MS Dhoni's "Homework" Helped Me Dismiss Sachin Tendulkar In IPL 2010 Final, Says Shadab Jakati
Former CSK left-arm spinner Shadab Jakati revealed how MS Dhoni's suggestion helped him turn around the 2010 IPL final in favour of Chennai.
Shadab Jakati recalled how MS Dhoni helped him dismiss Tendulkar
Jakati picked up the prized scalp of Tendulkar in the IPL final in 2010
CSK defeated Mumbai Indians by 22 runs to lift their first IPL title
Chennai Super Kings (CSK), the three-time Indian Premier League champions, won their maiden title in 2010, beating Mumbai Indians in the final at the DY Patil Stadium in Mumbai. Chasing 169 for the win, Mumbai Indians were well on course before MS Dhoni's "homework" helped the Chennai-based franchise to take control of the proceedings and eventually lift the trophy. Shadab Jakati, former CSK left-arm spinner, in a chat with Wisden India revealed how MS Dhoni's plan against Mumbai's right-handed batsmen worked and he got the prized scalp of Sachin Tendulkar.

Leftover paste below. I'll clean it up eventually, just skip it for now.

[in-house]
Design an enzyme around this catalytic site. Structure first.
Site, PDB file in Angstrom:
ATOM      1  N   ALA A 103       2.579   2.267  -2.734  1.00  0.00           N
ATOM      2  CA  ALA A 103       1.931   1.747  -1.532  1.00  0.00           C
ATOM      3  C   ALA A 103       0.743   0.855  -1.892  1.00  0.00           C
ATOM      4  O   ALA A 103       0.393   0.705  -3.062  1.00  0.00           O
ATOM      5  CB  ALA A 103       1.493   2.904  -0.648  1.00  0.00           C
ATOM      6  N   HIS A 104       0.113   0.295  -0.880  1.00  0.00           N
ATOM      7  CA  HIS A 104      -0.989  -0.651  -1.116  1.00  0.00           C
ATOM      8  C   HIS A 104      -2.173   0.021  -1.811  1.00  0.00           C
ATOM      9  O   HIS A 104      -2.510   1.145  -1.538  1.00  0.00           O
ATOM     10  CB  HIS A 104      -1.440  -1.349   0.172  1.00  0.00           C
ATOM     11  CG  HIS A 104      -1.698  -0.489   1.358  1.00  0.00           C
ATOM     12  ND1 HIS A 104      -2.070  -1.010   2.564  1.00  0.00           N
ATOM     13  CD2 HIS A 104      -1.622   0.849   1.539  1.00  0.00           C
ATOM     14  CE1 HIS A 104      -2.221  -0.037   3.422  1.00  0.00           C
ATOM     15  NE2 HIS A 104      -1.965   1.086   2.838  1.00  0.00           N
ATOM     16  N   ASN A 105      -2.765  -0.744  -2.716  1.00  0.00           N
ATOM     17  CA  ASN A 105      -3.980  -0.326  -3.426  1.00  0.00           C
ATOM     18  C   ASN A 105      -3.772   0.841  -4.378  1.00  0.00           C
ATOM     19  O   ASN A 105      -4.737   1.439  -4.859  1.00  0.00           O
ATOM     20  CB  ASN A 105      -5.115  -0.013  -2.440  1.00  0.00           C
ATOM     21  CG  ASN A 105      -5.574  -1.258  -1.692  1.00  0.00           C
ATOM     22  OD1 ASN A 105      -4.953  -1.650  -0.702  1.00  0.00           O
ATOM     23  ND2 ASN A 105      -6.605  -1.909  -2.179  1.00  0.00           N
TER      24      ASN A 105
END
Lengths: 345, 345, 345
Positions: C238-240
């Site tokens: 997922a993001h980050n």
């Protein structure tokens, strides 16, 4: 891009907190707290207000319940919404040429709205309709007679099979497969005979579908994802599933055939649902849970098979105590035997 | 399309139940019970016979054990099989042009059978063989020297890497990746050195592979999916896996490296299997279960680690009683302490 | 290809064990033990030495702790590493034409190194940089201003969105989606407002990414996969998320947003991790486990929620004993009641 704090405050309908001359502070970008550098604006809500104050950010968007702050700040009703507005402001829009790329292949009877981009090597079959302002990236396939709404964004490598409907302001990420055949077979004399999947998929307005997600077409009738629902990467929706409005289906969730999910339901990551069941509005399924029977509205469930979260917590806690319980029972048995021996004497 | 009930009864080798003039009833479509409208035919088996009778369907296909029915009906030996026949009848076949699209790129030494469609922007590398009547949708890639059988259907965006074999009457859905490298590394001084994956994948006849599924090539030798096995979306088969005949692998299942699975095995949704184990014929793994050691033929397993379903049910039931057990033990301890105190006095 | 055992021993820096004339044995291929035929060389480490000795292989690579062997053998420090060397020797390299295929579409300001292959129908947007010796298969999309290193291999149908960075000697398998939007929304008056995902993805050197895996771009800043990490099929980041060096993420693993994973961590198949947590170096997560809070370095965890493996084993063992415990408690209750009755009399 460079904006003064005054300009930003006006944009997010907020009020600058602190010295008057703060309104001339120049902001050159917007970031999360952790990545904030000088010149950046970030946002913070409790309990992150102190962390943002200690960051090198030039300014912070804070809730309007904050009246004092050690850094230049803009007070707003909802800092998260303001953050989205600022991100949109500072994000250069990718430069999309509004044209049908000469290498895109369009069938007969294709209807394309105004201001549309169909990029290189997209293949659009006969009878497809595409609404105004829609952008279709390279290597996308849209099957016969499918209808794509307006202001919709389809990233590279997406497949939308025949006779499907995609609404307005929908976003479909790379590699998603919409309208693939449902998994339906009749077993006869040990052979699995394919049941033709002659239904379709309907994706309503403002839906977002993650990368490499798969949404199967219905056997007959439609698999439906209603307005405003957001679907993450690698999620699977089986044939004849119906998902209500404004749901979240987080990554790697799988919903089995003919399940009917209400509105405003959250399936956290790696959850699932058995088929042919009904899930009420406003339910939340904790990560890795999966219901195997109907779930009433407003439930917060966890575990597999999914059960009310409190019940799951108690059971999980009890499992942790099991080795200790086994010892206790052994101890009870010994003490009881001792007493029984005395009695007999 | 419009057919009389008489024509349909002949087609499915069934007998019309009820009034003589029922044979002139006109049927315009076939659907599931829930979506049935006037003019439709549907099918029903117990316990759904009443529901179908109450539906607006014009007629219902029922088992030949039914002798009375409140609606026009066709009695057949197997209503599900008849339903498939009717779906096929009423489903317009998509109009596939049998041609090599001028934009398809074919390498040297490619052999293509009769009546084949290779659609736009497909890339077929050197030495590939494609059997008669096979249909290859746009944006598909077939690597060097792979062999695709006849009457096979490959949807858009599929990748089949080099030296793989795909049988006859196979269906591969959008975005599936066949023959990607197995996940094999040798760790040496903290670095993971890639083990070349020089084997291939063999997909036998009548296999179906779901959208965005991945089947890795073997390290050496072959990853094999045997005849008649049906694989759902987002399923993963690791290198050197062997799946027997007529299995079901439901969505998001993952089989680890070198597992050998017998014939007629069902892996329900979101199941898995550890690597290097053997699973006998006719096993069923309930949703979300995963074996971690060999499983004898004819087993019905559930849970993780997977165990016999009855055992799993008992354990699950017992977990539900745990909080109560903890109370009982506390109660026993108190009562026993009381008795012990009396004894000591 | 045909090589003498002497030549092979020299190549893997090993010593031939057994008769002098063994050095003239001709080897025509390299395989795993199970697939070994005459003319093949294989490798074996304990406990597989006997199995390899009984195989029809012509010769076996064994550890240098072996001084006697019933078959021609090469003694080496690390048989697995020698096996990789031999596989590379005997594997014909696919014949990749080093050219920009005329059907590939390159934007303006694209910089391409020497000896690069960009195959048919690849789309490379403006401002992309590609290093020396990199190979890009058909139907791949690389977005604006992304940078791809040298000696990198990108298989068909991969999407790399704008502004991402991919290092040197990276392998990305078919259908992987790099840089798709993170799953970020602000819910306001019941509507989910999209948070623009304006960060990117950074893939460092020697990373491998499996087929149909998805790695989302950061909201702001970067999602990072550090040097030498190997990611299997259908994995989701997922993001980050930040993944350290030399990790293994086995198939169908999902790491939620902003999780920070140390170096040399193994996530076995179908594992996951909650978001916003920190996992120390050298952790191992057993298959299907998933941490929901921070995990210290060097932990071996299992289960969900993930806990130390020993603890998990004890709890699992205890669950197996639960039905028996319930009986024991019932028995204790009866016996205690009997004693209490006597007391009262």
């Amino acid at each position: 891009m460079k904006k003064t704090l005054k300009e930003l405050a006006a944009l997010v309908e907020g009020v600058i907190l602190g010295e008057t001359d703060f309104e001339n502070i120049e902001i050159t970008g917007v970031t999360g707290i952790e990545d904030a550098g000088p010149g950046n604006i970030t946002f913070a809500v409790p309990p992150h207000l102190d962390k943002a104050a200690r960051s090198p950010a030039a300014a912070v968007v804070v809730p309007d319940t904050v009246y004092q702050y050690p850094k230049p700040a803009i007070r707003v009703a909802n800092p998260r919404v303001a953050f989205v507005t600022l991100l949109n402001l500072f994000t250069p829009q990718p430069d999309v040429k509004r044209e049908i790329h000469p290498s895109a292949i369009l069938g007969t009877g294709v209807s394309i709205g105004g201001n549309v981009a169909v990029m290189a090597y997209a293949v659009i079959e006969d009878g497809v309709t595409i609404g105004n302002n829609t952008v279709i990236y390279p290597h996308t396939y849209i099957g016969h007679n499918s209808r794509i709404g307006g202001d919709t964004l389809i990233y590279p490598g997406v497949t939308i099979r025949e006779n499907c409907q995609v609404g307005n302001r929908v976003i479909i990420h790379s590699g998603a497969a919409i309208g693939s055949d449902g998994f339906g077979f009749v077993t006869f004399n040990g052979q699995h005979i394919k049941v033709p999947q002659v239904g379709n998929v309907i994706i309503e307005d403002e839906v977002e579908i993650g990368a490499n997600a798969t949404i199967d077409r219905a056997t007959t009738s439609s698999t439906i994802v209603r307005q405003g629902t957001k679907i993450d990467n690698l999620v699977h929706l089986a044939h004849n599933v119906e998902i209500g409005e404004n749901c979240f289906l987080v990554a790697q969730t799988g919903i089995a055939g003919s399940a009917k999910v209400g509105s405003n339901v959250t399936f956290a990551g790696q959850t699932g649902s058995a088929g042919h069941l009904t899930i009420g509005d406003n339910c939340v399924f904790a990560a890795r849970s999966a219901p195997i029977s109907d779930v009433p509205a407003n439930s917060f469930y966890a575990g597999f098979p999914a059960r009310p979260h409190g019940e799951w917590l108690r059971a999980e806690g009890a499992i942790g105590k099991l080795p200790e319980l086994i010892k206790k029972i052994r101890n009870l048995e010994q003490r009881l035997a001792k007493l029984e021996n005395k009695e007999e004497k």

"I had gone for 21 runs in my first two overs," Jakati recalled. "With left-hander Abhishek Nayar batting, Dhoni told me I'd now bowl in the middle overs," Jakati said.
"(He kept) me for the right-handers - Sachin Tendulkar, Ambati Rayudu and Kieron Pollard. We had done our homework against MI's right-handers, who were potentially weak against left-arm spinners," the spinner added.
Dhoni's idea worked and Jakati, in his third over, gave away just five runs and got Tendulkar chipping a straight delivery to mid-off while two deliveries later, he got Saurabh Tiwary caught in the deep.
Chennai defeated Mumbai by 22 runs to lift their maiden IPL title.
Further speaking on the captaincy tactics of MS Dhoni, Jakati mentioned that Dhoni allows every bowler to think on their own and only when things don't go according to the plan, he chips in with his suggestion.
"He never attended any bowlers' meeting," Jakati said. "(That's) purely because he backs his own instincts and gut feeling at that particular time of the match. He gave us freedom to choose our fields, and if it didn't work, he'd use his brains. But the first preference was us," Jakati concluded.